• The targets values are related to three types of environmental damage:
    • deterioration of ecosystems (a target level has been chosen at which “only” 5% ecosystem degradation will still occur over several decades)
    • deterioration of human health (this refers in particular to winter and summer smog and the acceptable level set is that smog periods should hardly ever occur again)
    • human deaths (the level chosen as acceptable is 1 fatality per million inhabitants per year)
eco indicator 95 evaluation method
Eco-Indicator 95 Evaluation Method
  • Normalization is performed, but excluded in this figure for the sake of simplification.
weighting factors used in eco indicator 95
Weighting Factors Used in Eco-Indicator 95
  • Setting equivalents for these damage levels is a subjective choice.
    • The current choice (see below) came about after consultation with various experts and a comparison with other systems.
some comments
Some Comments
  • The preceding table reveals that
    • High priority must be given to limiting substances causing ozone layer damage and the use of pesticides. The latter is becoming a very serious problem in The Netherlands in particular.
    • Furthermore, a great deal of consideration must be given to the diffusion of acidifying and carcinogenic substances.
  • A number of effects that are generally regarded as environmental problems have not been included:
    • Toxic substances that are only a problem in the workplace.
    • Exhaustion (depletion) of raw materials.
    • Waste.
  • As a result of these differences the Eco-indicator can be seen as an indicator of emissions.
  • Raw materials depletion and the use of space by waste must be evaluated separately at present.
lca use
LCA use

LCAs are used:

  • in the design process to determine which of several designs may leave a smaller “footprint on the environment”, or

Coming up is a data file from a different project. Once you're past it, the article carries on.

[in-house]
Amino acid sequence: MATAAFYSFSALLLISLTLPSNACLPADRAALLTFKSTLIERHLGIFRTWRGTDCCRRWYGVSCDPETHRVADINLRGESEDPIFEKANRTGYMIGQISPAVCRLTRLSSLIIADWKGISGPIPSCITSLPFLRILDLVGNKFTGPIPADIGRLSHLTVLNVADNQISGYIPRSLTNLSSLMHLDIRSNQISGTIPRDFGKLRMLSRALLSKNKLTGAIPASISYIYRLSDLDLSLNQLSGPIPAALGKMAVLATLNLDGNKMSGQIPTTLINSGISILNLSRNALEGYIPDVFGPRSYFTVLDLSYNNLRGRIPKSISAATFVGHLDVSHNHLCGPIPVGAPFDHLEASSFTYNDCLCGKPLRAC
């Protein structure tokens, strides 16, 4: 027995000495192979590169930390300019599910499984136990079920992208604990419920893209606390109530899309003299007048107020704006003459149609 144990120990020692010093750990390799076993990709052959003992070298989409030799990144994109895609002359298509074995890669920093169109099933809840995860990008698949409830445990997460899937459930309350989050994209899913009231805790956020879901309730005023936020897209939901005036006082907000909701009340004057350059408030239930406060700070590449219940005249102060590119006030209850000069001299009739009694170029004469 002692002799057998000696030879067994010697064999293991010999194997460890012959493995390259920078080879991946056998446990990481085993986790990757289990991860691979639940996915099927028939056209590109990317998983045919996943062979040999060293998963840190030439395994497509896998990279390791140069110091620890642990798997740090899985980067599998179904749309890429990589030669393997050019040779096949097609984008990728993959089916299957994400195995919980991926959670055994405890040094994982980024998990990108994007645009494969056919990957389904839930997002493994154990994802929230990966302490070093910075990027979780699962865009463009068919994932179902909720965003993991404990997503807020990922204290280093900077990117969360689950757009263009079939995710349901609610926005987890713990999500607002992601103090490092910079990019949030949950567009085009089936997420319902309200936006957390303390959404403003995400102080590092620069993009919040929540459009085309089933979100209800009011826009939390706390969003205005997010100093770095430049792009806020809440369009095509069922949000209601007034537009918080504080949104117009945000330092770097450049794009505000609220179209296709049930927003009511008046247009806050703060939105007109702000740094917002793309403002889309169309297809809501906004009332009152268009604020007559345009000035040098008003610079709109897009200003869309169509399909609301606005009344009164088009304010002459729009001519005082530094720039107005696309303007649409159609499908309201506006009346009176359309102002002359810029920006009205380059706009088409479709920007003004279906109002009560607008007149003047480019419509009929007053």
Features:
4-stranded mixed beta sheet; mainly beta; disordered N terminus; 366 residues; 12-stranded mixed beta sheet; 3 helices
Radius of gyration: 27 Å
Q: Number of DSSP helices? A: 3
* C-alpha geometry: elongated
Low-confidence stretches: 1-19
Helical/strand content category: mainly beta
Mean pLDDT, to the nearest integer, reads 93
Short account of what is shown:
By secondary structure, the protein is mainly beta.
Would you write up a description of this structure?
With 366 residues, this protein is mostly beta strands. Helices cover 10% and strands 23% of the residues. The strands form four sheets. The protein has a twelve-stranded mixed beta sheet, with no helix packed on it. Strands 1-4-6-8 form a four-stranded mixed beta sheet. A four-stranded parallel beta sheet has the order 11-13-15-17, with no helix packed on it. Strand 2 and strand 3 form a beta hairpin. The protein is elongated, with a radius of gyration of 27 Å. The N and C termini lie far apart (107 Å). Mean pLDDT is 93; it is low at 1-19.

• after the fact to identify environmentally preferred products in government procurement or eco-labeling programs.
  • Also, the study of reference or benchmark LCAs provides insight into the main causes of the environmental impact of a certain kind of product and design priorities and product design guidelines can be established based on the LCA data.
some problems
Some Problems
  • Life Cycle Analyses have problems and are difficult to use:
    • What is the functional unit (e.g., of a toy)?
    • What if your process does not match the unit process in the LCA database?
    • Impact categorization is difficult (global warming, eutrophication, etc.)
    • No national/worldwide accounting or standardized systems
  • You have to do one LCA for every product in your company
recognized problems with lca
Recognized Problems with LCA
  • The major disadvantage of quantitative LCAs is their complexity and effort required
  • Designers and manufacturing engineers find it almost impossible to practically work with LCAs because of
    • the consistent lack of solid data about all aspects of a products life cycle,
    • the nearly infinite amount of decisions to make and data to deal with,
    • the lack of standardization resulting in numerous conversions and interpretations,
    • the lack of a standard evaluation scheme caused by and resulting in different views on what is environmentally correct,
    • the approach is currently only suitable for design analysis / evaluation rather than design synthesis. LCAs are "static" and only deal with a snapshot of material and energy inputs and outputs in a dynamic system.
future directions according to us office of technology assessment
Future Directions According to US Office of Technology Assessment

Difference in usage:

  • For designers, the inventory does not need to be exhaustive to be useful.
  • For eco-labeling, the inventory should be rigorous, easily verifiable and periodically updated. Even so, at best, the inventory will clarify environmental tradeoffs, rather than provide definite conclusions.
  • In general:
  • Less information will probably be required.
  • LCAs will have to be streamlined to focus on a few critical dimensions of a product's environmental impact, rather than all dimensions.

Software tools are becoming available, but underlying databases differ.

For example, consider different opinions about "green" in the US and Europe.

closing remarks
Closing Remarks
  • It is the product, but the life-cycle of the product that determines its environmental impact.
  • Even if the life-cycle is mapped out, there still exist many uncertainties as to the environmental impact of the processes involved. There is still an immense lack of reliable data.
    • Also consider uncertainties caused by customer behavior and (unknown) future process technologies.
  • Knowledge about environmental systems is often highly uncertain.
  • The LCA is generally a compromise between practicality and completeness